• - An extremely important document which views the entire product from the prism of an industry recognized framework. This makes it easy to pitch the product to potential clients or internal tech leadership.


Features watch list

  • This document aids product maintenance. Taking the example of a cloud based product, you can view the new features of a specific cloud provider for the last one year(depending on the frequency of the exercise) and prioritise specific ones. Same applies for any tech - whether its a cloud product or a frontend framework.
  • It can have different sections of “General Availability” and “Public preview” with top 10 features in each that you want to add to your product. The ones in “Public Preview” are prioritised ONLY if its absolutely needed.


Specialist path guides

This set of documents define the personas which are needed for the team. It can contain a list of certifications or custom list of skills/tech or some combo of the two so that it sets up the new team member for success in the team and maybe even his/her career.

Eg of certifications for an Azure cloud engineer :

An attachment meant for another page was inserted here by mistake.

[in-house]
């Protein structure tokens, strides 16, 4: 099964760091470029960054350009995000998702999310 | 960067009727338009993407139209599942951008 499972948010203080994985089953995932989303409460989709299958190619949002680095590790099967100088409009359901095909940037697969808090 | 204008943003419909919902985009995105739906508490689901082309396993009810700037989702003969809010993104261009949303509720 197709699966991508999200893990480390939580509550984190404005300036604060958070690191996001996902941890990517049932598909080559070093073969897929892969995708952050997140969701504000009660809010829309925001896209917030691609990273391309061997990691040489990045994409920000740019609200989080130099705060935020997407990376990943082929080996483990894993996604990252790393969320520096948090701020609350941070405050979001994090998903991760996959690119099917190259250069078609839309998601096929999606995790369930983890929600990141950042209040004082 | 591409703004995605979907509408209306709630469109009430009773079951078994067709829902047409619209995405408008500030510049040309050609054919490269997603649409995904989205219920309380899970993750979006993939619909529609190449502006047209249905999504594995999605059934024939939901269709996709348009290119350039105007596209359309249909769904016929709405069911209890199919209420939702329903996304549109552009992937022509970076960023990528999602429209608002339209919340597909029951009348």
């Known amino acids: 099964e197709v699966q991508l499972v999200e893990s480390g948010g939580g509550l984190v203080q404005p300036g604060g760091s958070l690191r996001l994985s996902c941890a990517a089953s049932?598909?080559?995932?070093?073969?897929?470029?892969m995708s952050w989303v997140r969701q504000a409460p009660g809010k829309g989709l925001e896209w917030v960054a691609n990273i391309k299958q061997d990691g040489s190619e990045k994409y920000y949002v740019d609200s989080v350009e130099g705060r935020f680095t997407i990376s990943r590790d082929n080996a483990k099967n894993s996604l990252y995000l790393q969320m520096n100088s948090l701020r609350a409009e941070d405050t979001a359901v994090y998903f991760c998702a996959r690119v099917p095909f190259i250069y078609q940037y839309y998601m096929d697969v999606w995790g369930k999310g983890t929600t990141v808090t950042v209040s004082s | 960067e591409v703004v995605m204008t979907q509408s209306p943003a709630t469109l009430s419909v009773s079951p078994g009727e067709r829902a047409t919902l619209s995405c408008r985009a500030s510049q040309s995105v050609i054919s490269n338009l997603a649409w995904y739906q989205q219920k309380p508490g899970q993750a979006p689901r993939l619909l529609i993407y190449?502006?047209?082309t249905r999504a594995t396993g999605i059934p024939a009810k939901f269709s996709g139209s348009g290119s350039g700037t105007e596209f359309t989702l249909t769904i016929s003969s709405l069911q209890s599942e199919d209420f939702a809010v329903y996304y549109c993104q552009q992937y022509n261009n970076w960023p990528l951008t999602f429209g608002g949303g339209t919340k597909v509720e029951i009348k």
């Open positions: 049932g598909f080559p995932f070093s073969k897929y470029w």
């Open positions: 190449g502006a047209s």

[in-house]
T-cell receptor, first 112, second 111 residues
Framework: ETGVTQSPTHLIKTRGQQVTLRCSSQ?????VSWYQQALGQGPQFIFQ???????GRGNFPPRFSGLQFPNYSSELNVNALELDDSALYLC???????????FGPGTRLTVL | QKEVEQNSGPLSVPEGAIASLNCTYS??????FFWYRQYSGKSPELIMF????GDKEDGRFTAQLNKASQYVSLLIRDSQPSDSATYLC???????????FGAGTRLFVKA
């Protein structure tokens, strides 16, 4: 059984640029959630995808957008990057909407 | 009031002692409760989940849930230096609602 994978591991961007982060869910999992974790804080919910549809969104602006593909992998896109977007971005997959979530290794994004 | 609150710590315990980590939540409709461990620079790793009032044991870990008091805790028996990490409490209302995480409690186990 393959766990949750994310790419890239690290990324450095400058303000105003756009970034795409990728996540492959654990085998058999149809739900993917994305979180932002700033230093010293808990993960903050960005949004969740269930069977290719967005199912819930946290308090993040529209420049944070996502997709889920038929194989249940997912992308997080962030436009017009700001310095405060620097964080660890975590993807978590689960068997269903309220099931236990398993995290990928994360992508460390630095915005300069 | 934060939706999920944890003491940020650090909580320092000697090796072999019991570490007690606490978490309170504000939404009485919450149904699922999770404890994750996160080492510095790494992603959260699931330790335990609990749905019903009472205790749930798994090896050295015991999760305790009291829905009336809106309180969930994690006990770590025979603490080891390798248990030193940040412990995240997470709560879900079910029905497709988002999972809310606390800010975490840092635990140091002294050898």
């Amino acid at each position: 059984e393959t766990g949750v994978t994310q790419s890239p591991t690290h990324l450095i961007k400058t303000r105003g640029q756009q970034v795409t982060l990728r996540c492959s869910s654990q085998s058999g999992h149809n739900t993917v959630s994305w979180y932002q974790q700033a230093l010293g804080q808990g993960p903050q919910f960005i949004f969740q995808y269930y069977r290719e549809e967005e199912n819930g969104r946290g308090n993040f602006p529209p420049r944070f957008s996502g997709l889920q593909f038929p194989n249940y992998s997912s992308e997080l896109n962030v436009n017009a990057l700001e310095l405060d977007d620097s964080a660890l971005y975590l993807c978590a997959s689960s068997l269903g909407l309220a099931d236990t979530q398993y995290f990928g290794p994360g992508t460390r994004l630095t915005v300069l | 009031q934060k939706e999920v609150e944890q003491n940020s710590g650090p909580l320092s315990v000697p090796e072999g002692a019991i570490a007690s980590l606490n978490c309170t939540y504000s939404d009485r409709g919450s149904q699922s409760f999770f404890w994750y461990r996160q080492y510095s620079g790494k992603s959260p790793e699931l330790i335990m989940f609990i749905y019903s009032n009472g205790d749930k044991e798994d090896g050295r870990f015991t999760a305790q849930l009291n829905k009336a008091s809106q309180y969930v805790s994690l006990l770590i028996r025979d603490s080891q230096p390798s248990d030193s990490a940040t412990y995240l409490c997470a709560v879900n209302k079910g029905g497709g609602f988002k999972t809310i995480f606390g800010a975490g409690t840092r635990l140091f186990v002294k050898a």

Eg of knowledge needed to master a specific k8s cluster setup :


Some of the documentation can be auto generated as long as they follow specific conventions or templates.Eg: API docs, Change logs, Release docs etc.

  • Automate generation of the tech aspects of the of a repo as also tag creation using simple bash.
  • Tools like Docusaurus which offer an easy to use opinionated documentation structure and website. Do note that they merely focus on the high level folder structure and setup aspects.
  • Tools like Slate provides beautiful static documentation for your API.
  • Tools like Spotify’s Backstage help you create a developer portal and catalog of your services. Plenty of addons allow you to add a great number of automations and customisations.

Final thoughts

After all this - you might say “This looks to be good doc strategy. But whats the point if the team doesnt update it ?”. You resolve it through processes. Make reviews part of the process. Dont approve the PR if the docs arent reviewed.

Additionally - while automation can help offboard some of the document generation but an interesting document will still need imagination and ingenuity from a human who cares (or generative AI?).

Feel free to share your experiences. Every bit of knowledge helps :blush:.